14. Technology Those Opposing Software Piracy • Reason • Pirated software often contains viruses or malware that can harm one’s computer. • Pirated software does not always work as intended. • When this is the case it is not more convenient to pirate.

  15. Technology To what extent does digital format affect the consequences of pirating? In what ways does digital format allow pirating? Those Supporting Software Piracy • Based on emotion, perception, and reason. • Believe that the medium makes software piracy easier than legal purchase. Those Opposing Software Piracy • Based on reason alone. • Believe that the medium has inherent consequences, such as viruses.

  16. Technology Under what circumstances can acquisition by illegitimate means be justified? • Software piracy may be justified: • If the medium allows software to be copied at no harm to the company which has produced it. • If the medium allows for ease and convenience without consequence. • If the source is trustworthy and the software is not harmful in any way.

  17. Ethics To what extent could software pirating be called stealing? To what extent does software pirating infringe on Intellectual Property Rights?

  18. Ethics Those Opposing Software Piracy • Emotion • Feel as though Intellectual Property Rights are violated by software piracy. • The creator is not given credit or compensation for their work. • Feel as though it is unethical to take something without paying for it, regardless of its availability. • It is unacceptable to take a coat from a store without paying for it. • Why is it okay to take software?

  19. Ethics Those Opposing Software Piracy • Perception • Software piracy is perceived as stealing. • One is taking it without paying for it. • This is against one of the Judeo-Christian Ten Commandments. • Stealing is illegal and unacceptable in most societies. • Reason • Software piracy is illegal in most countries throughout the world. • It is unethical to break the law.

  20. Ethics Those Supporting Software Piracy • Emotion • Feel as though there is no victim. • The software is duplicated rather than taken. • The company loses no money to produce the software, because this is a one time cost. • Feel as though Intellectual Property Rights are not violated. • The pirate is not claiming ownership, they are simply taking and using the product. • Feel as though they may purchase the software in the future. • Some will purchase software that they learn to like from pirating.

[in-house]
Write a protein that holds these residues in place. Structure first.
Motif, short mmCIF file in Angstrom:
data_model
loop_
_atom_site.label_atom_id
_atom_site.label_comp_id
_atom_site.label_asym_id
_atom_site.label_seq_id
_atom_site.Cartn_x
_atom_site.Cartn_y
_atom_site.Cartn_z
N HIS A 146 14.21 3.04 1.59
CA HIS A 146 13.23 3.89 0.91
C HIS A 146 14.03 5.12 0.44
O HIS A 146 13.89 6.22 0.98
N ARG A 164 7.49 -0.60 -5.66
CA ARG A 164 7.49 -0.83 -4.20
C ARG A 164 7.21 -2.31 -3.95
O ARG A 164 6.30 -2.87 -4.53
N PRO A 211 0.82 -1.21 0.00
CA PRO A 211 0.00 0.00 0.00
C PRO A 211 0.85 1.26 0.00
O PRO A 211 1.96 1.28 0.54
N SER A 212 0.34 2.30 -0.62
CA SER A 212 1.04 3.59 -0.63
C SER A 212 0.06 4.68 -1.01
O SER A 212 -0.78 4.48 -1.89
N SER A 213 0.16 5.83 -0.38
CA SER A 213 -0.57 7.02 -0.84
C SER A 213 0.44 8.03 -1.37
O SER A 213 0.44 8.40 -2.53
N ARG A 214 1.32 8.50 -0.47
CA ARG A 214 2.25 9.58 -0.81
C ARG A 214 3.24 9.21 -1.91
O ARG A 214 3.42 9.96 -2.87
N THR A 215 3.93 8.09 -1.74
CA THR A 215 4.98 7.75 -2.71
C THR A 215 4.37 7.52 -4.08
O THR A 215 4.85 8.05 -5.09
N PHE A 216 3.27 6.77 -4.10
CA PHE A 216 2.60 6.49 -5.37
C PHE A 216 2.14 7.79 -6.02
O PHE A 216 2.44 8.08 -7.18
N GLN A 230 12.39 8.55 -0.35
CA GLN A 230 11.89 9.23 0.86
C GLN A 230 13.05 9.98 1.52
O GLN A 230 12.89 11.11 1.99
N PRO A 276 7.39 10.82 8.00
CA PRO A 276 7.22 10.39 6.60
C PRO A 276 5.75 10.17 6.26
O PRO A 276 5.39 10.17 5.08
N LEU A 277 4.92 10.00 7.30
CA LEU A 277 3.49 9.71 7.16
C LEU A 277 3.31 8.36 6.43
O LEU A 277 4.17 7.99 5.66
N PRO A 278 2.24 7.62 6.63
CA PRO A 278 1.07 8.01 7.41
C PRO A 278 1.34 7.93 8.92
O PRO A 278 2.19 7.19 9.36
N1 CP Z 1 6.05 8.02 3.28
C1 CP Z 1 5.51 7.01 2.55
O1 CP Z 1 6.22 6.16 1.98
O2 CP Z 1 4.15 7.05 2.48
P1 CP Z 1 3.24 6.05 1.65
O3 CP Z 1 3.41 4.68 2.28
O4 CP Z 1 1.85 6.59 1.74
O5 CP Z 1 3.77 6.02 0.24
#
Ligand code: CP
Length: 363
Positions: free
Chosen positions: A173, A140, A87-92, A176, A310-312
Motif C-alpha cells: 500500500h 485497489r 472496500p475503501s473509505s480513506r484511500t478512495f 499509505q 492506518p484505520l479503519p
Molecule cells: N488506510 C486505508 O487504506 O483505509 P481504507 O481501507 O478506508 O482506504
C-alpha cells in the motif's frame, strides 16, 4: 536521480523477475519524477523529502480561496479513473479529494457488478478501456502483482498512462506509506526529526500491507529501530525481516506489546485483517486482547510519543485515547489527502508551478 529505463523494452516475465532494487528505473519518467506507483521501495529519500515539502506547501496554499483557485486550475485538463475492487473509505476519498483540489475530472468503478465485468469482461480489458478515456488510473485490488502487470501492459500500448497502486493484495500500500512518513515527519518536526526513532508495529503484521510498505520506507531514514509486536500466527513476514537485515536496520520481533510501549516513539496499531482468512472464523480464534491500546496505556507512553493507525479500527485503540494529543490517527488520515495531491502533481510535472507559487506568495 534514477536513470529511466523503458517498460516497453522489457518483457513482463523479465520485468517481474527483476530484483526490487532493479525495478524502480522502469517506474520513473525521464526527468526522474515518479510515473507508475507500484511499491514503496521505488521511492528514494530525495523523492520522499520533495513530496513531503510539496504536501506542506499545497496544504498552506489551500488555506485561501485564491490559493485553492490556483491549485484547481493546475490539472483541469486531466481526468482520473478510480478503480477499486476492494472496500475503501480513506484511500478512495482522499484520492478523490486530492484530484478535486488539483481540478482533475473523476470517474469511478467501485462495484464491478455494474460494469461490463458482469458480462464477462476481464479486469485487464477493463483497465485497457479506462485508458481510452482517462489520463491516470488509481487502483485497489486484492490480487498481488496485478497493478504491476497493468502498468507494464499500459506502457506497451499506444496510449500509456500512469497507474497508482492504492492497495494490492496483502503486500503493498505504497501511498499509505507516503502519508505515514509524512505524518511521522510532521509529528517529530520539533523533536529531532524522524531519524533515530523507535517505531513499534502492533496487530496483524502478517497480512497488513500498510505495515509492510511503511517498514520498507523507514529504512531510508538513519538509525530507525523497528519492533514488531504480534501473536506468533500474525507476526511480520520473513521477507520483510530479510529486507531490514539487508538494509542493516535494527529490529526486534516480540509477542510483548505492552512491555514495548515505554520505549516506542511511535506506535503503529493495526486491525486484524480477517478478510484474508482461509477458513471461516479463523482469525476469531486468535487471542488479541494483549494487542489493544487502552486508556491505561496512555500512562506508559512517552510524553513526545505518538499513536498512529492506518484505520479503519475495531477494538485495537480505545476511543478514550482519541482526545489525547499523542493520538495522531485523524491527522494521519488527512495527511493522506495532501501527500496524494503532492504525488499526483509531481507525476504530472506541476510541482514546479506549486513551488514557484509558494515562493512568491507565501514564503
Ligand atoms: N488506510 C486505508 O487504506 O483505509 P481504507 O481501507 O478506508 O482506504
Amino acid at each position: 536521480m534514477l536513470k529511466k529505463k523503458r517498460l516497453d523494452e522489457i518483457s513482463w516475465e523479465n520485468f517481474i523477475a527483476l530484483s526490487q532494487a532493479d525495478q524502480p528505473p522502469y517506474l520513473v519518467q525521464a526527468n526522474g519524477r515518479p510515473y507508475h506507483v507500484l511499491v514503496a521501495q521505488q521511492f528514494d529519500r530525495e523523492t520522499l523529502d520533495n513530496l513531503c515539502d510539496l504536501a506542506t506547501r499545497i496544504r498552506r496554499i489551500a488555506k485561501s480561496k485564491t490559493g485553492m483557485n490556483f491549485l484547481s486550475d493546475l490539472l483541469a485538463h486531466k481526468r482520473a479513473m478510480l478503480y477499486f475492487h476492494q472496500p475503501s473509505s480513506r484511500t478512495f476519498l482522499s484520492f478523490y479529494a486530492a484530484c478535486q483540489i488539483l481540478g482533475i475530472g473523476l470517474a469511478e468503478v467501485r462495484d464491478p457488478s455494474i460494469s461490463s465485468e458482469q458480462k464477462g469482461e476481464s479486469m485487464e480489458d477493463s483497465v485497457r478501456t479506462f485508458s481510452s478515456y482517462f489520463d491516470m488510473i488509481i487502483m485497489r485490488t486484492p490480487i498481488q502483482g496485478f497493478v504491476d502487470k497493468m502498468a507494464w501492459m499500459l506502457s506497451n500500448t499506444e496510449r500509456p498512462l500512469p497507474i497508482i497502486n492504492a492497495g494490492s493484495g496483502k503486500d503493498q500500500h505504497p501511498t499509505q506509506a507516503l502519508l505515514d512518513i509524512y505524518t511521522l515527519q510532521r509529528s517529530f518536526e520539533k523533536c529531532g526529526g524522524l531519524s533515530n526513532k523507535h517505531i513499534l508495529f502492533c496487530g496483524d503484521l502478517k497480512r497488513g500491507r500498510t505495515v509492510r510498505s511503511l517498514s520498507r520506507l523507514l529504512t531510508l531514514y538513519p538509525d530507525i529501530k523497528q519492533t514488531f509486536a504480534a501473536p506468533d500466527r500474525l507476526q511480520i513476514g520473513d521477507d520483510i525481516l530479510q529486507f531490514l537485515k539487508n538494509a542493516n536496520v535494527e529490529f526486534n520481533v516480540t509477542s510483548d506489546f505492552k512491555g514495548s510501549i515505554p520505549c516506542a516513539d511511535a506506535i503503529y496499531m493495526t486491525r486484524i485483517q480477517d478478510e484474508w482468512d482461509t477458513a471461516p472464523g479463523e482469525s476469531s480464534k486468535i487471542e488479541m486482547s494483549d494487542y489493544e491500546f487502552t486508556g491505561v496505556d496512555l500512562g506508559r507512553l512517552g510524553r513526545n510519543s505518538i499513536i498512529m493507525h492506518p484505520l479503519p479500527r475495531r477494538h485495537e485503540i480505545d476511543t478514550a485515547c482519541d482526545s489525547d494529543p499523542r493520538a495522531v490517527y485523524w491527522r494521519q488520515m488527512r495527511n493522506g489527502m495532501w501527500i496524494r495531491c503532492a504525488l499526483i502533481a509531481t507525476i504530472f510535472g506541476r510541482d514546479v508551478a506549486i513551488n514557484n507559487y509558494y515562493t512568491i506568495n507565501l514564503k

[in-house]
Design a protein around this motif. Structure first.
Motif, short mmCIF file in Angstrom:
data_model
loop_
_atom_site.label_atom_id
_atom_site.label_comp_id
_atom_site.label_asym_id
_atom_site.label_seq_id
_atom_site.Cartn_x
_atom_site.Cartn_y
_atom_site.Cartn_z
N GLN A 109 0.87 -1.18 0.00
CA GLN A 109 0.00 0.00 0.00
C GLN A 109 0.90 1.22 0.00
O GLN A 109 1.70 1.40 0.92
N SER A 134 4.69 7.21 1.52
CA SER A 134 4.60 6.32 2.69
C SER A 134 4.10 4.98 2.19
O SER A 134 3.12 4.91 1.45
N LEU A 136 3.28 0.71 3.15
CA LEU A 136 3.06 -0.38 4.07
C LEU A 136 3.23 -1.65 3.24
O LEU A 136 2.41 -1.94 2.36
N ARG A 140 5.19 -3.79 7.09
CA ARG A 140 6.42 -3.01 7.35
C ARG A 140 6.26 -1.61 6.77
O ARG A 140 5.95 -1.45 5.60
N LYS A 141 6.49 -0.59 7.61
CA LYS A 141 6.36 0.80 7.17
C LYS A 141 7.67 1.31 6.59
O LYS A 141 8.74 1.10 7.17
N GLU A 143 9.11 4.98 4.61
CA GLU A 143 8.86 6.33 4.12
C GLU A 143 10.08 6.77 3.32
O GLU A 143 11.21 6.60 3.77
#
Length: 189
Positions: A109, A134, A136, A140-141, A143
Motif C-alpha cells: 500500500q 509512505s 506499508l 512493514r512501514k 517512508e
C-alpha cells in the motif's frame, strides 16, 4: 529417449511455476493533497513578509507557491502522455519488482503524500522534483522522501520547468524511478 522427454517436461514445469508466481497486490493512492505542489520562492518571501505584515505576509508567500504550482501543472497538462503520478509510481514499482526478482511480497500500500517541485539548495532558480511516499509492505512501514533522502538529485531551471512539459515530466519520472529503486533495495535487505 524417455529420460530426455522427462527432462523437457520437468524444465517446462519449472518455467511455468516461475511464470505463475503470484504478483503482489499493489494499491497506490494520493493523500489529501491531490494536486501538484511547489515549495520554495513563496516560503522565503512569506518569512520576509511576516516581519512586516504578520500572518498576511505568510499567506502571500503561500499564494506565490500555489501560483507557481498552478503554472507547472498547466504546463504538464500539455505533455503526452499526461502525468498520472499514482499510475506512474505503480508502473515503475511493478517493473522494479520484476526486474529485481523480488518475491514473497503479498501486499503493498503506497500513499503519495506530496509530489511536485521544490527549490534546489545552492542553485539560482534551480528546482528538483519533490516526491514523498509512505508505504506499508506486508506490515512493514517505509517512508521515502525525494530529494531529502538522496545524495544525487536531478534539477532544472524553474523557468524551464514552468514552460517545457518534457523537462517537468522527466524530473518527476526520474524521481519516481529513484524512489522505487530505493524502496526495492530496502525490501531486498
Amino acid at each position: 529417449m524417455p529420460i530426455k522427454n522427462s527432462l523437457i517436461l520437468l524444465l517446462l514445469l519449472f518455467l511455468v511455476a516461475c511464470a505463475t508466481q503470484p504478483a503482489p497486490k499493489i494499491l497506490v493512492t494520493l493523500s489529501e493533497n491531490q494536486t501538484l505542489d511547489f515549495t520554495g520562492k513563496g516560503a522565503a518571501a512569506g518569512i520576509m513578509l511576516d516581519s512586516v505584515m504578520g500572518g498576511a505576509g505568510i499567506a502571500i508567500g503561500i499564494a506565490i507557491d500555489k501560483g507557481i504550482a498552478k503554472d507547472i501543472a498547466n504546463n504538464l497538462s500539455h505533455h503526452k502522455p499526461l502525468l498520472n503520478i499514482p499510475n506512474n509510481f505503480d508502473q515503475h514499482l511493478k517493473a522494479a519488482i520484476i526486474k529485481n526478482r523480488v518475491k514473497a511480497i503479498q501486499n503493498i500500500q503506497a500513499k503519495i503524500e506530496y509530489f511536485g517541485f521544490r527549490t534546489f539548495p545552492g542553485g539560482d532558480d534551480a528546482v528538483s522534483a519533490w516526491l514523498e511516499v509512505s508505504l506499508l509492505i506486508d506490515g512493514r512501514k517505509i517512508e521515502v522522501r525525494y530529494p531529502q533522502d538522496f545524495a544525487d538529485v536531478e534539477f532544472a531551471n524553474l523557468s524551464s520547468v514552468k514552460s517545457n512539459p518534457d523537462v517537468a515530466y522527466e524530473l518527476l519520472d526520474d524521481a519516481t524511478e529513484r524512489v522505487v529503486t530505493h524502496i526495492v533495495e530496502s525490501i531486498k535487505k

21. Ethics Those Supporting Software Piracy • Perception • Not perceived as stealing. • Stealing would be taking an item, whereas pirating is making a copy. • Perception that he or she will not be caught. • Belief that pirated software is near impossible to track. • “It’s only illegal if you get caught.” • Reason • No product is taken or lost through software piracy. • Not the same as shoplifting a coat.

  22. Ethics To what extent could software pirating be called stealing? To what extent does software pirating infringe on Intellectual Property Rights? Those Opposing Software Piracy • Based on emotion, perception, and reason. • Believe that pirating is the same as stealing because the pirate is taking something without paying for it, which is unethical. Those Supporting Software Piracy • Based on emotion, perception, and reason. • Believe that pirated software is not stolen because it is duplicated, and is therefore ethical because nobody is harmed.

  23. Ethics Under what circumstances can acquisition by illegitimate means be justified? • Software piracy may be justified: • If no party is harmed by the duplication of software. • If Intellectual Property Rights are not infringed. • If it is ethical and/or acceptable to break the law.

  24. Conclusion Under what circumstances can acquisition by illegitimate means be justified? Justified if acquisition presents no harm to either party in terms of financial loss, infringement of rights, etc., and if it may benefit the creator in the future. Duplication presents no financial loss to the creator. Brand-awareness is raised and therefore the creator benefits. The creator may be further benefitted in the future. Intellectual Property Rights are not infringed. There are no dangerous consequences, such as viruses.

  25. Bibliography Agarwal, Amit. "We Love Microsoft Software Piracy in China: Bill Gates." Web log post. Digital Inspiration. 23 July 2007. Web. 11 Nov. 2010. <http://labnol.blogspot.com/2007/07/we-love-microsoft-software-piracy-in.html>. Anderson, Chris. Free: The Future of a Radical Price. New York: Hyperion, 2009. iBooks. BSA, and IDC. The Economic Benefits of Reducing Software Piracy. Rep. Business Software Alliance, 2010. Web. 11 Nov. 2010. <http://portal.bsa.org/piracyimpact2010/inbriefs/inbrief_english.pdf>. Kirkpatrick, David. "How Microsoft Conquered China." Fortune. CNN, 17 July 2007. Web. 11 Nov. 2010. <http://money.cnn.com/magazines/fortune/fortune_archive/2007/07/23/100134488/>.